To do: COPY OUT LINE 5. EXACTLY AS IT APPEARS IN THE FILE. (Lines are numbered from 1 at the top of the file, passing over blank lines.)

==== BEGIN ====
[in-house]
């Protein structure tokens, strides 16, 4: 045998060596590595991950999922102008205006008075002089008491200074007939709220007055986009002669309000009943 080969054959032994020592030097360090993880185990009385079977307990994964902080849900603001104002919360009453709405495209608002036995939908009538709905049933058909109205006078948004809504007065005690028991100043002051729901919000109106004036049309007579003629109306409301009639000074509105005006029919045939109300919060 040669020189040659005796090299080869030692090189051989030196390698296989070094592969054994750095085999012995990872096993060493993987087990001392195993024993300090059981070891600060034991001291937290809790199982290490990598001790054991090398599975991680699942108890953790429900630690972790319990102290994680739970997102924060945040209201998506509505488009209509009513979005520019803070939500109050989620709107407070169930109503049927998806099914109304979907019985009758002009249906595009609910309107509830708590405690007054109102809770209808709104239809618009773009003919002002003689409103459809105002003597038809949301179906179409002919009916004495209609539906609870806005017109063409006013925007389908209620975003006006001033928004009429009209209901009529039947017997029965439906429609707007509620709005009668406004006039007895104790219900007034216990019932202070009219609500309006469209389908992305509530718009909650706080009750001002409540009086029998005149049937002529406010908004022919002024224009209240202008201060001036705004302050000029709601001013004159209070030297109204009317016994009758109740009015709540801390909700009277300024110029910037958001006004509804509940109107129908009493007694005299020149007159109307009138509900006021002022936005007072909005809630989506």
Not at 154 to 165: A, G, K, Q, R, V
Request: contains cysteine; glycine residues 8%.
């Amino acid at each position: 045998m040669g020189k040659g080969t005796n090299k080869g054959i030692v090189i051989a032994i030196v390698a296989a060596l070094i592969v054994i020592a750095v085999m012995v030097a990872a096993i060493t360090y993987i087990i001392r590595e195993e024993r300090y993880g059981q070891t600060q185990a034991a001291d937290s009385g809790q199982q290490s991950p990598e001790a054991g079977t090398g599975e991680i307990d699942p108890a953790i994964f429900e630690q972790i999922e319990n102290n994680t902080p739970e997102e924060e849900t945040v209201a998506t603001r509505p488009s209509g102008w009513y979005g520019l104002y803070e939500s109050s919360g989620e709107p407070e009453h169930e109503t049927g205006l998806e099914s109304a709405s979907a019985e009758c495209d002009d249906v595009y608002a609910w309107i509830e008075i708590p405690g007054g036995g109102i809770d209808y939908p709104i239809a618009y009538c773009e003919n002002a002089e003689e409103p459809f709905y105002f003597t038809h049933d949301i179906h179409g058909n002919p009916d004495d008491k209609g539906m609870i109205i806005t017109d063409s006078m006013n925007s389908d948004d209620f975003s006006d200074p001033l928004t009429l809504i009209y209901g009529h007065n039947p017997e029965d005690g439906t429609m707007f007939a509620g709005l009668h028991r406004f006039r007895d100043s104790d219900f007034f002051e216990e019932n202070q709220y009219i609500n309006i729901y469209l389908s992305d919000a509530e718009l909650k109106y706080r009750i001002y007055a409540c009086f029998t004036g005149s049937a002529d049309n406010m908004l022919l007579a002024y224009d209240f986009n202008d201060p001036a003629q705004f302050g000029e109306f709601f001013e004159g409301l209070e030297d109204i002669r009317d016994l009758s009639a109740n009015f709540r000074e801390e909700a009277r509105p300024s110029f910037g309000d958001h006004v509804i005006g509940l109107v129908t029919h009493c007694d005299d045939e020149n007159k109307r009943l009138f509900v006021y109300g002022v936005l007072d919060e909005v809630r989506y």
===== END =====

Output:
């Amino acid at each position: 045998m040669g020189k040659g080969t005796n090299k080869g054959i030692v090189i051989a032994i030196v390698a296989a060596l070094i592969v054994i020592a750095v085999m012995v030097a990872a096993i060493t360090y993987i087990i001392r590595e195993e024993r300090y993880g059981q070891t600060q185990a034991a001291d937290s009385g809790q199982q290490s991950p990598e001790a054991g079977t090398g599975e991680i307990d699942p108890a953790i994964f429900e630690q972790i999922e319990n102290n994680t902080p739970e997102e924060e849900t945040v209201a998506t603001r509505p488009s209509g102008w009513y979005g520019l104002y803070e939500s109050s919360g989620e709107p407070e009453h169930e109503t049927g205006l998806e099914s109304a709405s979907a019985e009758c495209d002009d249906v595009y608002a609910w309107i509830e008075i708590p405690g007054g036995g109102i809770d209808y939908p709104i239809a618009y009538c773009e003919n002002a002089e003689e409103p459809f709905y105002f003597t038809h049933d949301i179906h179409g058909n002919p009916d004495d008491k209609g539906m609870i109205i806005t017109d063409s006078m006013n925007s389908d948004d209620f975003s006006d200074p001033l928004t009429l809504i009209y209901g009529h007065n039947p017997e029965d005690g439906t429609m707007f007939a509620g709005l009668h028991r406004f006039r007895d100043s104790d219900f007034f002051e216990e019932n202070q709220y009219i609500n309006i729901y469209l389908s992305d919000a509530e718009l909650k109106y706080r009750i001002y007055a409540c009086f029998t004036g005149s049937a002529d049309n406010m908004l022919l007579a002024y224009d209240f986009n202008d201060p001036a003629q705004f302050g000029e109306f709601f001013e004159g409301l209070e030297d109204i002669r009317d016994l009758s009639a109740n009015f709540r000074e801390e909700a009277r509105p300024s110029f910037g309000d958001h006004v509804i005006g509940l109107v129908t029919h009493c007694d005299d045939e020149n007159k109307r009943l009138f509900v006021y109300g002022v936005l007072d919060e909005v809630r989506y």